Part of a Whole

My name is Nicolas Steenhout.
I speak, train, and consult about inclusion, accessibility and disability.

Follow Up Post About Lack of Accessibility of STL Busses.

On 16 septembre, I was refused access to a bus of the Société des Transports de Laval (STL). I immediately lodged a complaint and also blogged about it. The following week, I spoke to M. Sylvain Yelle, Director for the exploitation of the STL. He offered the STL’s excuses and we spoke about accessibility issues with the network, and what they are doing to resolve them. M. Yelle told me the two biggest issues are a lack of accessible busses, as well as a shortage of sidewalks in Laval. The STL plans to be fully accessible by 2028!!!

Mr Yelle said that the refusal was against the regulations of the STL and presented the Society’s apologies, which I accept.

He explained that despite the purchase of multiple "accessible" busses, the STL hasn’t been able to make its network accessible. There are two major issues:

  1. Lack of sidewalks
  2. Unreliable existing busses.

Lack of sidewalks

Approximately 50% of bus stops for the STL are where there aren’t sidewalks. Without sidewalks, the busses aren’t able to deploy the ramps. Which means that even if the bus ramps worked all the time, there would be at least half the stops that couldn’t be used.

And the STL says there’s nothing it can do about this. It’s the City’s responsibility to add sidewalks, and curb cuts. Indeed, the City must have a great part to play there. But I can’t help thinking that it’s quite convenient to explain poor access.

Existing busses

The STL began purchasing lowered busses with ramps int he back in 1997. These busses were poorly conceived. The system is unreliable. In 25% of cases there have been failures and the system didn’t work. This led to many problems:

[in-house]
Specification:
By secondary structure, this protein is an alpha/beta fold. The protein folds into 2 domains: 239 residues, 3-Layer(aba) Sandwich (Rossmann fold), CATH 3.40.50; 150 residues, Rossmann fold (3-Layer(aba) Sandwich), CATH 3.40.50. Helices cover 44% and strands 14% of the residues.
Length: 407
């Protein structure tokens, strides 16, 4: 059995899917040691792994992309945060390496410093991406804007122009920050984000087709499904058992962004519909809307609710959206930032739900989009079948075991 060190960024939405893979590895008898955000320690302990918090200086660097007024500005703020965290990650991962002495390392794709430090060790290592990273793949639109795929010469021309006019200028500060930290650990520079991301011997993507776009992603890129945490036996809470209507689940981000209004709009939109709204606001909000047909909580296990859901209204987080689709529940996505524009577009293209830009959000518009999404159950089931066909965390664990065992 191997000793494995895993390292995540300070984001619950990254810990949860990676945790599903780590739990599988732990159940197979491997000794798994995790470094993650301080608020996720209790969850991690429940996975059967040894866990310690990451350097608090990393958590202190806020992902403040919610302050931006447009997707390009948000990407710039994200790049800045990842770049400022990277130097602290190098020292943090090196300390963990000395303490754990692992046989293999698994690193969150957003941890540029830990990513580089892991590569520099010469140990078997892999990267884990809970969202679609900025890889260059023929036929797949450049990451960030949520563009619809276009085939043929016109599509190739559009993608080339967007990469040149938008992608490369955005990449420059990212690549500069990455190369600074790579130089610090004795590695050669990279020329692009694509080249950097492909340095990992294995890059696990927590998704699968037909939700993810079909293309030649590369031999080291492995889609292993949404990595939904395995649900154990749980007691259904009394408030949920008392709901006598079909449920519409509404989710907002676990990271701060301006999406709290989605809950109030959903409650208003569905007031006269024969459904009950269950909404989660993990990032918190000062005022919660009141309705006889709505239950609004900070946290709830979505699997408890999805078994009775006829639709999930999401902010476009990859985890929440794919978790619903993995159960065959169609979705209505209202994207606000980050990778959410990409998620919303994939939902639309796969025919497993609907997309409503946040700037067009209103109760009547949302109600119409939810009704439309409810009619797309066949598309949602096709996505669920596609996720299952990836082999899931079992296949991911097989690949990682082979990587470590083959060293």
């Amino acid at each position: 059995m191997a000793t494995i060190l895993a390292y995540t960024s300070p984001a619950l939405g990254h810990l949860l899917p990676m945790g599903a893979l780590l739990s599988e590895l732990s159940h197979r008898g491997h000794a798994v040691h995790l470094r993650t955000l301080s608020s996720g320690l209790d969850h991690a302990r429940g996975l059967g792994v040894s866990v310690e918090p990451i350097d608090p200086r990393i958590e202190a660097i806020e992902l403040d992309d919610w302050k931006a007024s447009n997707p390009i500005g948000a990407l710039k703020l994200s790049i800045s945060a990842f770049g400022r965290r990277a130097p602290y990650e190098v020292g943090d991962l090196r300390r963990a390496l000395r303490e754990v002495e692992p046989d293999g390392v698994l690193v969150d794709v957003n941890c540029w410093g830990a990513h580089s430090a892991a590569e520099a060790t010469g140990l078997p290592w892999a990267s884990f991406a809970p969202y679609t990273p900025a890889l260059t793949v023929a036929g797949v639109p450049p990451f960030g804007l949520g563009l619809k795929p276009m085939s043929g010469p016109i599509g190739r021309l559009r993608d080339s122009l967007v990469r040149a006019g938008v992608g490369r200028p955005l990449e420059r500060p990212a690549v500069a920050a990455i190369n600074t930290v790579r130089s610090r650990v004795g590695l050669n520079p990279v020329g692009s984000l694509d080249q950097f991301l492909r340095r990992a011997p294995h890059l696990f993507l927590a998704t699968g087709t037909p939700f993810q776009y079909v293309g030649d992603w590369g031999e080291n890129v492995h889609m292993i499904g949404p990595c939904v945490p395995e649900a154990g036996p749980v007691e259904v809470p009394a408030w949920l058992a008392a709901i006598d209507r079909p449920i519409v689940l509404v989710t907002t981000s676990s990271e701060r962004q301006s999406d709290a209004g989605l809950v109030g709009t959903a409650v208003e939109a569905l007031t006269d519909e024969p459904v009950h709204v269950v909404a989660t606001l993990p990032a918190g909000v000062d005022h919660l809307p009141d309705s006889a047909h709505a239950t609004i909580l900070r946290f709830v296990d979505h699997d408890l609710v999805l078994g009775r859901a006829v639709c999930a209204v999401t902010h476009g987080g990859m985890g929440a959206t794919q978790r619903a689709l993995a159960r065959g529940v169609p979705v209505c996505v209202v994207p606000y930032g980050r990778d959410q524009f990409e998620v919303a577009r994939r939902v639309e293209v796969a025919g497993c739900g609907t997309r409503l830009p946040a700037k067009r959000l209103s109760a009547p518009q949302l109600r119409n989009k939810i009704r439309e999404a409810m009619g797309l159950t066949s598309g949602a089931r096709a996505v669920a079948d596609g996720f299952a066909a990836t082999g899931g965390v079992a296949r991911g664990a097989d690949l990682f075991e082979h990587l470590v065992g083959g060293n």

• Wheelchair users unable to get on the bus
  • Wheelchair users unable to get off the bus
  • Bus stuck, requiring a second bus to be dispatched and all passengers delayed
  • Etc

New Busses

The STL began purchasing busses with flip out ramps at the front of the bus in 2010. All the busses purchased since then are accessible. They purchae approximately 20 new busses every year. The bus fleet will go from 237 busses in 2011 to 380 in 2028.

2028 – a fully accessible network for the STL

According to the accessibility plan for the STL, the network will be fully accessible in 2028. This plan was approved by the Ministry of Transport of Québec.

2028. Yep, the year two thousand and twenty eight.

In my last post, I was asking if they thought it acceptable to wait 5 or 10 years before the network was accessible. I was so wrong, so very wrong. It isn’t 10 years, it is over 15 years. FIFTEN years.

I understand that it is expensive and not easy to adapt a network of busses like that. But I’ll admit that learning the network won’t be fully accessible before 2028 leaves me rather unhappy. We could think that none of the people involved in the plan depend on accessible public transit.

Download the STL accessibility plan (in French only).